Spend less than you earn. That’s the mantra of personal finance success. Every week, month, and year that you spend less than you earn, the more you save and the better your financial situation will be.
A big part of that solution is cutting back on spending, and for many people, the thought of cutting back on spending seems unpleasant. Losing out on the things that bring you pleasure in life seems like a pretty steep price to pay for a little financial success.
The secret is to intentionally target spending on the things you don’t care about and rarely use while holding steady on the things you do care about.
Scale back on entertainment costs
1. Cut cable: These days, streaming services and free over-the-air television provide more content than any one person could ever watch. Take advantage of the variety by eliminating cable service.
2. Focus your interests on finishing rather than collecting: Rather than collecting physical or digital items in a media collection, focus on actually finishing those things or enjoying them to completion. For example, instead of buying yet more books that go unread, aim instead to build a long list of books you have read. Make doing the center of your hobby, not buying. After all, isn’t that what you really love?
3. Don’t treat shopping as entertainment: It’s fine to go out in the town to be entertained but keep to a simple rule: don’t go into a store unless it’s for the purpose of buying something you’ve already decided you need before going in. Don’t go to stores just to browse for entertainment, as they’re designed to convince you to buy things you don’t need or even really want, but just react on impulse. Find other places to be entertained.
Reduce your food costs
4. Use a meal plan and make a grocery list: Instead of going to the grocery store whenever you feel like you need food, get into a routine of making a meal plan once a week, then constructing a grocery list from that plan. The time invested in making that plan is more than saved by spending less time in the store and having a list to stick to saves a ton of money on grocery store impulse buys that just sit in your pantry.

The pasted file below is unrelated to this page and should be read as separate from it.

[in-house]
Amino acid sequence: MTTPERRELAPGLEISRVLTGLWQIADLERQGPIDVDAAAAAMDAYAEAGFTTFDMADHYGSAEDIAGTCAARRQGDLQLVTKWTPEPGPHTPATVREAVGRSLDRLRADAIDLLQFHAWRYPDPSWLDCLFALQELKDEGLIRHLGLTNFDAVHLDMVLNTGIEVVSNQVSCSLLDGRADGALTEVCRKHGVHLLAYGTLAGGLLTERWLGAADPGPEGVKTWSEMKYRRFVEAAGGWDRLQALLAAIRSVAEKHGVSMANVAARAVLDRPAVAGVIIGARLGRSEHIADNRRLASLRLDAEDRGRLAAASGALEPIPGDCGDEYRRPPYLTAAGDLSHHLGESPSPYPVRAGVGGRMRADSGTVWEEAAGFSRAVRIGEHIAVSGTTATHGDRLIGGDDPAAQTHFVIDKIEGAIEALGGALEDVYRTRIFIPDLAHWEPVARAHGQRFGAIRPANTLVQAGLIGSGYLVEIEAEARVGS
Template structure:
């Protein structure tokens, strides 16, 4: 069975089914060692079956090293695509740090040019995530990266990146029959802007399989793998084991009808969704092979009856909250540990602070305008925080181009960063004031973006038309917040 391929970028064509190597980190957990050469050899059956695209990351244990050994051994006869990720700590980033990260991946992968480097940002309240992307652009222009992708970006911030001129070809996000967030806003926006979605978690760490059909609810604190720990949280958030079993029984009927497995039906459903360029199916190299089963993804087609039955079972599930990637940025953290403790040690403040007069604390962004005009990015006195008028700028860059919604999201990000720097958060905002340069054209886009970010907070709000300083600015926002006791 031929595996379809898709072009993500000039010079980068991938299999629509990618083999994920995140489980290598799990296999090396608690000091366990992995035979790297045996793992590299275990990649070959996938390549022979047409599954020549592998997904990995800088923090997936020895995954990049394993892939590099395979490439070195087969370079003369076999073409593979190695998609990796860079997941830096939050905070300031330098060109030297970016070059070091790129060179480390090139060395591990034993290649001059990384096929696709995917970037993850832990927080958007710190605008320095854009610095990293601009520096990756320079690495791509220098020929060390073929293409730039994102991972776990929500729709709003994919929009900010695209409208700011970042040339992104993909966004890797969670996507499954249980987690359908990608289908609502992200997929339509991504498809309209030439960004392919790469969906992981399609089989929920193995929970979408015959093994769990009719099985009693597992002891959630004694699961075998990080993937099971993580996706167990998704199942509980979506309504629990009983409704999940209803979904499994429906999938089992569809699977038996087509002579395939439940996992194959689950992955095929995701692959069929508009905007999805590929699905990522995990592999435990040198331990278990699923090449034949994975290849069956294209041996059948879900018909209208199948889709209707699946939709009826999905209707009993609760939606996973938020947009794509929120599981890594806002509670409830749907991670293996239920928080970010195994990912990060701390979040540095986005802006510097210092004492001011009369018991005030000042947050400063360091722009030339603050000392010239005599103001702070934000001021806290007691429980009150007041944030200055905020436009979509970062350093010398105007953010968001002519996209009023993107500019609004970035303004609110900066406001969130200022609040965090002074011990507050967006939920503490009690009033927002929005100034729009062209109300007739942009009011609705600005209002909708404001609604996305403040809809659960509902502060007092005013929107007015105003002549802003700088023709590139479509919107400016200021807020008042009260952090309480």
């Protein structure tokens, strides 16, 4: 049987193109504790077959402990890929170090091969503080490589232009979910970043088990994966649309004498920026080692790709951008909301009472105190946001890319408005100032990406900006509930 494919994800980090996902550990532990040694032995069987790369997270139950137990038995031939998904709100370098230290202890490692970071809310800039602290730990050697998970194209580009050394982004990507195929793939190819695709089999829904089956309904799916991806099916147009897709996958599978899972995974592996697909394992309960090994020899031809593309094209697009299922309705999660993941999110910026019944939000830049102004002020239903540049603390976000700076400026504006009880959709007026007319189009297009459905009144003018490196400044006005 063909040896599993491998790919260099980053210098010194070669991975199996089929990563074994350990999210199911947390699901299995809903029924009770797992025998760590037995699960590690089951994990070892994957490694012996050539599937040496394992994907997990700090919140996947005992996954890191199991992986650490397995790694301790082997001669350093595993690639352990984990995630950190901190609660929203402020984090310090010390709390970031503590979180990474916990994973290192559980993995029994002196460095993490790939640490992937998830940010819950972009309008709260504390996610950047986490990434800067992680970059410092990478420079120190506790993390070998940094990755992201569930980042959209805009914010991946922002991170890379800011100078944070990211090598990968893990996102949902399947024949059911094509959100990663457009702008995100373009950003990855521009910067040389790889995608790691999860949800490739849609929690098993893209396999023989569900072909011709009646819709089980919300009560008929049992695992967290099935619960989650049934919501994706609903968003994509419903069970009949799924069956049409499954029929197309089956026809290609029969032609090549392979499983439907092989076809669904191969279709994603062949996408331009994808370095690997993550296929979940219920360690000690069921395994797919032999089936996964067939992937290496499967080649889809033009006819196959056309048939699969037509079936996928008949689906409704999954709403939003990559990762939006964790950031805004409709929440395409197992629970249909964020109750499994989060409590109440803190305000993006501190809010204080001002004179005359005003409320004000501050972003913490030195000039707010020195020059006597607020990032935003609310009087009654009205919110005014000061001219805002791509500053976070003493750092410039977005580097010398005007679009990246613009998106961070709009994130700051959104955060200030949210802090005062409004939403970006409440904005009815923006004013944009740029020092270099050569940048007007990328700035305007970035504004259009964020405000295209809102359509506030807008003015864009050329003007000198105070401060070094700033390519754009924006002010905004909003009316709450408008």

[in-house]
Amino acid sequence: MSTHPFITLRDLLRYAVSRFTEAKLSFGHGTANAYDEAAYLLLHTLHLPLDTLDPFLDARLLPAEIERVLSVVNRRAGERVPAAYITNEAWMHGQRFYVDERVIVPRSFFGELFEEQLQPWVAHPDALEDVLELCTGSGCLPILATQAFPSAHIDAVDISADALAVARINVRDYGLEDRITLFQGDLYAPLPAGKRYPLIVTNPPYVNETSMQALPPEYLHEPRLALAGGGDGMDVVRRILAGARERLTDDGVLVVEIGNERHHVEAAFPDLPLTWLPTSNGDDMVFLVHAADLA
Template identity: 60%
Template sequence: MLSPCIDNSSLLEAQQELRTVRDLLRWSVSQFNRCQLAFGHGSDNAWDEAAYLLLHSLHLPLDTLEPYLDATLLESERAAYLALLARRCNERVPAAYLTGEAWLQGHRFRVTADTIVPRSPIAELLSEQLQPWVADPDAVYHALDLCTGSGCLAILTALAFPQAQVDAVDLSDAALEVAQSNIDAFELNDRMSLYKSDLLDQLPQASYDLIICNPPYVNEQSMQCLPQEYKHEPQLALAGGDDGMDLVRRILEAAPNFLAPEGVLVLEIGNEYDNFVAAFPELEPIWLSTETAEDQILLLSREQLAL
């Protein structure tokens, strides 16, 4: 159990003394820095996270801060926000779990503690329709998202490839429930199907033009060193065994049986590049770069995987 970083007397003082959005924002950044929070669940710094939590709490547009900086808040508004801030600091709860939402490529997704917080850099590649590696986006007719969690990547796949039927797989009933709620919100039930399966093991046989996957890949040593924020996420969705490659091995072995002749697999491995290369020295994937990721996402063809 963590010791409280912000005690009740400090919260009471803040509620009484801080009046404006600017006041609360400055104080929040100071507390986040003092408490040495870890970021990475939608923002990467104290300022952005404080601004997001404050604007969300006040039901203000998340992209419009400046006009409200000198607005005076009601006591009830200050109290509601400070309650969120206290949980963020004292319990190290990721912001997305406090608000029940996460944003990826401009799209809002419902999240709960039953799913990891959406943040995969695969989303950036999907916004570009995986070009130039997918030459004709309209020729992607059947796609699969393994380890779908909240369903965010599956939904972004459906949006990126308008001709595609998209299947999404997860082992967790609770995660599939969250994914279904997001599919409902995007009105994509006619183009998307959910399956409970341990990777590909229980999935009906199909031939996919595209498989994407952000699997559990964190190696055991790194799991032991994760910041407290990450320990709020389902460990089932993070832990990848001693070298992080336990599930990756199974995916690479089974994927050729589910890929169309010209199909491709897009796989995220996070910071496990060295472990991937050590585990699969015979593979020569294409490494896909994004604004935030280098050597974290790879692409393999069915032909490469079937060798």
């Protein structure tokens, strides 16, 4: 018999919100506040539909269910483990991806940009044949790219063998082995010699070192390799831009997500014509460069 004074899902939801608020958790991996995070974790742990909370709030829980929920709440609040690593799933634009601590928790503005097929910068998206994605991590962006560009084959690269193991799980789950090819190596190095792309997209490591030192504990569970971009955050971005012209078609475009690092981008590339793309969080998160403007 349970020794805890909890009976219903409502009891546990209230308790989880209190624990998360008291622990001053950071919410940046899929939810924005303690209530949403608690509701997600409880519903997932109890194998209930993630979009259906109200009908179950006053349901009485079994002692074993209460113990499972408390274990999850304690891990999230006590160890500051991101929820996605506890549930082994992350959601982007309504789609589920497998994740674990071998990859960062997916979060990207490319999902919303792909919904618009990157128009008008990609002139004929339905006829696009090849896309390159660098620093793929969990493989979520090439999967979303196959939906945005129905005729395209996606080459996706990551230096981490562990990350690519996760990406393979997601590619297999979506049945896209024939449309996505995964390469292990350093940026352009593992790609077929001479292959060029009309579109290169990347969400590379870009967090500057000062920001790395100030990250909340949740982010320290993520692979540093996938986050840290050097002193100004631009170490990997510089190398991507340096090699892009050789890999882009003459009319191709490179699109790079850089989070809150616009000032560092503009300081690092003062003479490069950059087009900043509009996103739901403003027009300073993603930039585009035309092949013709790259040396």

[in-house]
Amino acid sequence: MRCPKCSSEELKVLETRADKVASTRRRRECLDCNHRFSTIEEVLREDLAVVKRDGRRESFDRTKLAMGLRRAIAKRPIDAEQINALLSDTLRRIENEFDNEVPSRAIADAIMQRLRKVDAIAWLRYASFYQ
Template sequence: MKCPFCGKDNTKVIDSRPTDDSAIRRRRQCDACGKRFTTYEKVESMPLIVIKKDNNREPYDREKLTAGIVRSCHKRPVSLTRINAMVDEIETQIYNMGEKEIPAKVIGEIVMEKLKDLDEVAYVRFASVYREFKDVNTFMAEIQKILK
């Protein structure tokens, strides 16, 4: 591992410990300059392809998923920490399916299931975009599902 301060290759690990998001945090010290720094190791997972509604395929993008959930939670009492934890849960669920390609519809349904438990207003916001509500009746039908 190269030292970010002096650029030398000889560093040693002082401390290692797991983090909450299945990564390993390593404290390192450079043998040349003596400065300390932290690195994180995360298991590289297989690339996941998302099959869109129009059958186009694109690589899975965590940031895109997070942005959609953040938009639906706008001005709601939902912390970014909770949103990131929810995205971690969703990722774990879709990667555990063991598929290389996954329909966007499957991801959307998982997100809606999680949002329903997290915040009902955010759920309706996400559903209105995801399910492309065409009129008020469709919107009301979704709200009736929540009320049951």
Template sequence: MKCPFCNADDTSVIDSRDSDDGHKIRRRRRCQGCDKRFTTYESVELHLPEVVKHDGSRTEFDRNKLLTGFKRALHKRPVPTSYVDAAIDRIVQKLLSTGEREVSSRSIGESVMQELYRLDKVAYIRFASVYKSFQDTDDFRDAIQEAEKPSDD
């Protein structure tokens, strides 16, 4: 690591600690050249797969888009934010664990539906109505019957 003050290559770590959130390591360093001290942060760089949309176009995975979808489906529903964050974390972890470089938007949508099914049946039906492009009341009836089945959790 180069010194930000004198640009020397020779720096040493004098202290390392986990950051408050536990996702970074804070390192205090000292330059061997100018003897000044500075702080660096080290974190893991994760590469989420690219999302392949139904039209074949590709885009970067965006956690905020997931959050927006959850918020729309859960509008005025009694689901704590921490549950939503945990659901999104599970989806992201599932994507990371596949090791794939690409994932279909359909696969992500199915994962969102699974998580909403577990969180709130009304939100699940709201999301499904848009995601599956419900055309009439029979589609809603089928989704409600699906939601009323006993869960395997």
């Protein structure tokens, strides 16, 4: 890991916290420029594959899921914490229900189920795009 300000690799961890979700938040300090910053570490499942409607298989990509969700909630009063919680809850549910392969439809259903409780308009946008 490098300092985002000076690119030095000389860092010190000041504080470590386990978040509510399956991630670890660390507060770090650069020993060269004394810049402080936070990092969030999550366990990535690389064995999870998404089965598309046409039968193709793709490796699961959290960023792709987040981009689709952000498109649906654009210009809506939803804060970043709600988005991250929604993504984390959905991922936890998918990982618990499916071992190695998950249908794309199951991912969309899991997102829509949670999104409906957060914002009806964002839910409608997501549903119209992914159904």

5. Learn how to cook: Cooking for yourself doesn’t have to involve three-course meals or Gordon Ramsey-level skills. Start by identifying things you enjoy eating, then look for how to easily prepare it from scratch and with basic ingredients.
6. Buy in bulk: The big bulk packages might seem like they have a high price, but they’re usually quite a bit cheaper per use, meaning you get more value for your dollar. If you frequently buy something at the store, look at the big bulk versions and save up for them. You’ll save over the long run. It's basically what our parents or grandparents did - buy - store and use efficiently.
Cut your monthly bills
7. Go through your bills: Sit down with every regular bill you have and go through it line by line, making sure you understand everything you’re being charged for. If something isn’t clear, Google it. If it doesn’t seem like something you should be charged for or is a service you don’t want, call the bill issuer and get it removed from future bills.
8. Cut your subscriptions down to just the things you actually use: If you have a subscription or membership that you haven’t used in the last month, cancel it. Turn off any auto-renew you have with that service and allow it to expire. You can always renew it in the future if you decide you have a need for it again.
What you should do with the money saved from trimming your budget?
The key to making frugal living tips really work for you is to not simply spend that money on something else fun. Keep your “fun” spending at the same level and use the money you save when you cut down your monthly budget on something smarter. Cut un-fun things like your energy bill for something financially useful that can build a bright future for you.
One great option is to open an account and use your savings to create your emergency fund or you could save it up for your next trip. Whatever excites to reduce your unnecessary spending. These are just some of our suggestions. Do let us know what you had like to read and learn more about and we shall share more content on that.
Disclaimer: - The articles are for information purposes only. Information presented is general information that does not take into account your individual circumstances, financial situation, or needs, nor does it present a personalized recommendation to you. You must consult a financial advisor who understands your specific circumstances and situation before taking an investment decision.